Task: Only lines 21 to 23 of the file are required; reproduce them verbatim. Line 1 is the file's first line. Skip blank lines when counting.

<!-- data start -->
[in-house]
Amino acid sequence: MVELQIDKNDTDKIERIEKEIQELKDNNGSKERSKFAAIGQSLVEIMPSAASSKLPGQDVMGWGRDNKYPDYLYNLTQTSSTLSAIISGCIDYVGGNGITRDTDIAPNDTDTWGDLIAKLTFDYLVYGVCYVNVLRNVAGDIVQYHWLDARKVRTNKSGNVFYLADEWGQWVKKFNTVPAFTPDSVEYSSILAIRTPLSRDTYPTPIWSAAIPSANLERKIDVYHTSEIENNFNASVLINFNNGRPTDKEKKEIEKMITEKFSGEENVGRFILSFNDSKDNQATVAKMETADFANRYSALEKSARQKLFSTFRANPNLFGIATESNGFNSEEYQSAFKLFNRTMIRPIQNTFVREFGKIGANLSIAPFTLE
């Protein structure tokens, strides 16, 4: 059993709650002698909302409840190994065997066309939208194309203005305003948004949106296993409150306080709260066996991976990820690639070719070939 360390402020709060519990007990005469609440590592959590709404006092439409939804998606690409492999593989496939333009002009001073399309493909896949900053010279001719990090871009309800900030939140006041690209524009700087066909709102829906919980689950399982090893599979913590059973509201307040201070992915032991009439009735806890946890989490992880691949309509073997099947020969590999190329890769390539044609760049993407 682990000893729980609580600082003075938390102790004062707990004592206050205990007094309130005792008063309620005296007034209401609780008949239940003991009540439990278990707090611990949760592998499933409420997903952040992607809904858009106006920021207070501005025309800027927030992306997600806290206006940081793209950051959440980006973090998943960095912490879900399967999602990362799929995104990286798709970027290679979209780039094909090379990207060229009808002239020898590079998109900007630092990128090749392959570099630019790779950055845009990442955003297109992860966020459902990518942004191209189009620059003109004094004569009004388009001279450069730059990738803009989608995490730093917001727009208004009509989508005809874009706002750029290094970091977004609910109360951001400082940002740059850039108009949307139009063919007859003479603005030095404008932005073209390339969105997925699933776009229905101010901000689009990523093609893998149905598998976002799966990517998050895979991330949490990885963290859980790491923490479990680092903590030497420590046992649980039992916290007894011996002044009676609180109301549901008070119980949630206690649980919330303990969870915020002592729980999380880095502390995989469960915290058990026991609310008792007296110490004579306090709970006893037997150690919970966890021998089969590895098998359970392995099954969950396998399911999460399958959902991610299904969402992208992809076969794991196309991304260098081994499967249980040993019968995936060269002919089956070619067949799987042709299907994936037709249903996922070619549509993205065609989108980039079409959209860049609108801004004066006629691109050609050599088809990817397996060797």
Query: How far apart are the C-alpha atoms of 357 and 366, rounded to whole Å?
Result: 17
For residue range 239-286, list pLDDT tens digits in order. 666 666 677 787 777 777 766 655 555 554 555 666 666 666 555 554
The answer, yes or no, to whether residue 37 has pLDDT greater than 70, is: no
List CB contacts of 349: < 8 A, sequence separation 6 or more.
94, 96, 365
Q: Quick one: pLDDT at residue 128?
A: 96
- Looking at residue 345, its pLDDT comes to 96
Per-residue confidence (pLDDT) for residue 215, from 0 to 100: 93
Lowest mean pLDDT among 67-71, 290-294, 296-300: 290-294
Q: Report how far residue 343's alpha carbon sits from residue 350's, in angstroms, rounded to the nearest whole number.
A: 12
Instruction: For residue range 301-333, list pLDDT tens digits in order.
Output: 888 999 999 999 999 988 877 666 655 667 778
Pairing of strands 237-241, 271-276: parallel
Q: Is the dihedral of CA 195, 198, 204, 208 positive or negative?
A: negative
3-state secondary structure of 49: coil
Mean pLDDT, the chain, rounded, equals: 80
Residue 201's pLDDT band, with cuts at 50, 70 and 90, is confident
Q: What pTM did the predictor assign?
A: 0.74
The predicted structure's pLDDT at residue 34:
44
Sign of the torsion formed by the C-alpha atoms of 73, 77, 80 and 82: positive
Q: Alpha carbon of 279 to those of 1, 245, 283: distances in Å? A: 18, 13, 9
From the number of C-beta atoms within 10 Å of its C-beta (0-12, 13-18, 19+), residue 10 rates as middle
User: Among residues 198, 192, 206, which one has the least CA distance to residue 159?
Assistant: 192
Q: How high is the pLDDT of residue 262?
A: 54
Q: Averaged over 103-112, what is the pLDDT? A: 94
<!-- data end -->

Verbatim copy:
A: negative
3-state secondary structure of 49: coil
Mean pLDDT, the chain, rounded, equals: 80